Petzval lens - even more sample images. Looking better

Discussion in 'Digital Cameras' started by Sandman, Sep 17, 2013.

  1. Sandman

    Sandman Guest

    http://tinyurl.com/npj7obb
    1/320s, ISO 400

    I have no idea why they keep resizing these, I want the original sizes!
    The Bokeh in this shot is amazing, and the sharpness seems to be quite
    allright. Not fantastic, but better than the samples so far.

    http://tinyurl.com/q7ym2r3
    1/4000s, ISO 100

    Considering the shutter and ISO, this is as sharp as it will get with a
    5D, assuming the photographer knew what he/she were doing. Again, it
    looks reasonably sharp, but not amazingly sharp. The bokeh is, again,
    amazing.
     
    Sandman, Sep 17, 2013
    #1
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  2. Sandman

    Savageduck Guest

    There is something else going on with this image other than the
    production of decent bokeh. There seems to be an additional radial
    swirl to the OoF area, So I suspect there is more going on with this
    image than the effects of the Petzval lens. It makes me suspect the PS
    CS6 "Field Blur" filter might be playing a part here.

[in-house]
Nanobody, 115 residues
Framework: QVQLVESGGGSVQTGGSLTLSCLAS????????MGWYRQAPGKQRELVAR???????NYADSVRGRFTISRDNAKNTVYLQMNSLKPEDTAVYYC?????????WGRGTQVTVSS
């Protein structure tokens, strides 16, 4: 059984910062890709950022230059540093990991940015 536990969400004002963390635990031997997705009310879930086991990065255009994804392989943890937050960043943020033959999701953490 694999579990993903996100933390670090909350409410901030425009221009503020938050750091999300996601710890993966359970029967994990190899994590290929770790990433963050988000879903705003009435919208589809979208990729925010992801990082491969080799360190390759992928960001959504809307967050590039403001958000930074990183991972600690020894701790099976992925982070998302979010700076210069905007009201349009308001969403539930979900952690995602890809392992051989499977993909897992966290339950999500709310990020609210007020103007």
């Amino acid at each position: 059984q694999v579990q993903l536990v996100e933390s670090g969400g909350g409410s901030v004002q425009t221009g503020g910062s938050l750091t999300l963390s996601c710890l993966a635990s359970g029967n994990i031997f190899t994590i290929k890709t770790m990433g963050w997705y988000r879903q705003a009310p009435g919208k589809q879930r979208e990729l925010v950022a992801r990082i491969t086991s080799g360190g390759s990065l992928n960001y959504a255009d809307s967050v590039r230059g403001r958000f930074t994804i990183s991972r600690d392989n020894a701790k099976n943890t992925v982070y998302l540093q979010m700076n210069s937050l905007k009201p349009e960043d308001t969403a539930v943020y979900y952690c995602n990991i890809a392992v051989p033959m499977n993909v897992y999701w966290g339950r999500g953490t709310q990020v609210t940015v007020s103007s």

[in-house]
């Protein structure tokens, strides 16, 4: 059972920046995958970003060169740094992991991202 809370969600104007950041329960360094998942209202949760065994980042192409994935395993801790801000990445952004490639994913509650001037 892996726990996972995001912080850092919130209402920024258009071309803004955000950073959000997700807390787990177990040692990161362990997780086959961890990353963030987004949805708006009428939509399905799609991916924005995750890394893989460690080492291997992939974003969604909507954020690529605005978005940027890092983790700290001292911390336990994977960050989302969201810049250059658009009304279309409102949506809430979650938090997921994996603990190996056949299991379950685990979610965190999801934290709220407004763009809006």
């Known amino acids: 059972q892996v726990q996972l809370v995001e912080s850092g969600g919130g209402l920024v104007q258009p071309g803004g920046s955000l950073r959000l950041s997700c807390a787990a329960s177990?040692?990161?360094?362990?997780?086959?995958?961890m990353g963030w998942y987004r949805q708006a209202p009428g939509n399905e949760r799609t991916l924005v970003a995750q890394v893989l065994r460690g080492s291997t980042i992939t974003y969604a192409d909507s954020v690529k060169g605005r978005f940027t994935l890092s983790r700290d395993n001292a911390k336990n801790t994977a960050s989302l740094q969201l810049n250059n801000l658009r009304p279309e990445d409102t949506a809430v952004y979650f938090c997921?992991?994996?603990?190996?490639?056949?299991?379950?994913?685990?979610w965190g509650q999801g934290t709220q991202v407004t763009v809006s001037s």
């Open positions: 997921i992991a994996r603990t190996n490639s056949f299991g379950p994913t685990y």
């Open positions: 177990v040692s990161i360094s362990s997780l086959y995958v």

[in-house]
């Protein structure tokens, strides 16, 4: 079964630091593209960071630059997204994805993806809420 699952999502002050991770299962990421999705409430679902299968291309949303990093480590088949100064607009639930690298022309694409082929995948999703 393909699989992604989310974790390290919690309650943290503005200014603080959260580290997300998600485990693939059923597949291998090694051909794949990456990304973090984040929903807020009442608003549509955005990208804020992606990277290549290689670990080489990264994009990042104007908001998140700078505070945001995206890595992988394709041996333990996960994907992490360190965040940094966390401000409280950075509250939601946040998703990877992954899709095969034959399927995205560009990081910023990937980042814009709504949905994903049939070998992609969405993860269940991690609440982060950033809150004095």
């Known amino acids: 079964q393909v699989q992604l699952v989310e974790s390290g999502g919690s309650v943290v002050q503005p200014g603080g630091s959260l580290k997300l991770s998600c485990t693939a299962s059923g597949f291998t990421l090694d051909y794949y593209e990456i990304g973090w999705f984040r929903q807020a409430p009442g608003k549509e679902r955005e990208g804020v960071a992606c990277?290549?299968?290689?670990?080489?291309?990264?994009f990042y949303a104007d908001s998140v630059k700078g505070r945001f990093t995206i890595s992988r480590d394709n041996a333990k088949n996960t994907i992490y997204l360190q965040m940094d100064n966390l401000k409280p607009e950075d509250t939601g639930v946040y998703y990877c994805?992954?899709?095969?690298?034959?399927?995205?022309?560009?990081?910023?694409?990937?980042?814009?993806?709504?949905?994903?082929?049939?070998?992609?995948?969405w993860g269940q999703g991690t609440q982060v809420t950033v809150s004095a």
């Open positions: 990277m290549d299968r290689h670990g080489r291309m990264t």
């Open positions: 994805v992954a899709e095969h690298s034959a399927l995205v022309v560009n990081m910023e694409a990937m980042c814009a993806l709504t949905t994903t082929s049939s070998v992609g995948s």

Not so much amazing, as it is strange.
     
    Savageduck, Sep 17, 2013
    #2
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  3. Sandman

    Sandman Guest

    What? No, that is the one thing the Petzval does. It's a feature lens
    that has a very swirly Bokeh. Here are some shots from an original
    Petzval lens from the 19th century:

    http://tinyurl.com/oyx8np7
    http://tinyurl.com/op8evtl
    http://tinyurl.com/praxcmo
    http://tinyurl.com/qc99uw2

    All have a very swirly bokeh effect, which is why this is a desirable
    lens for portraits.
    Well, tastes differ, of course. I really like the effect, and it is
    quite hard to create in post since it accelerates with depth of field.

    It's not for everyone, of course :)
     
    Sandman, Sep 17, 2013
    #3
  4. Sandman

    Paul J Gans Guest

     
    Paul J Gans, Sep 17, 2013
    #4
  5. Sandman

    Sandman Guest

    I assume that "19th century" is a typo. Judging by the clothing
    I'd guess that the photos are late 20th century at least.[/QUOTE]

    Yeah, I meant that the *lens* is from the 19th century, not the photos.
    It was developed in 1840 by Joseph Petzval. It was probably the fastest
    lens at the time, at a staggering f3.7, which of course made it ideal
    for portrait photography at the time. The swirly bokeh just added to the
    artistic value of the lens.
     
    Sandman, Sep 17, 2013
    #5
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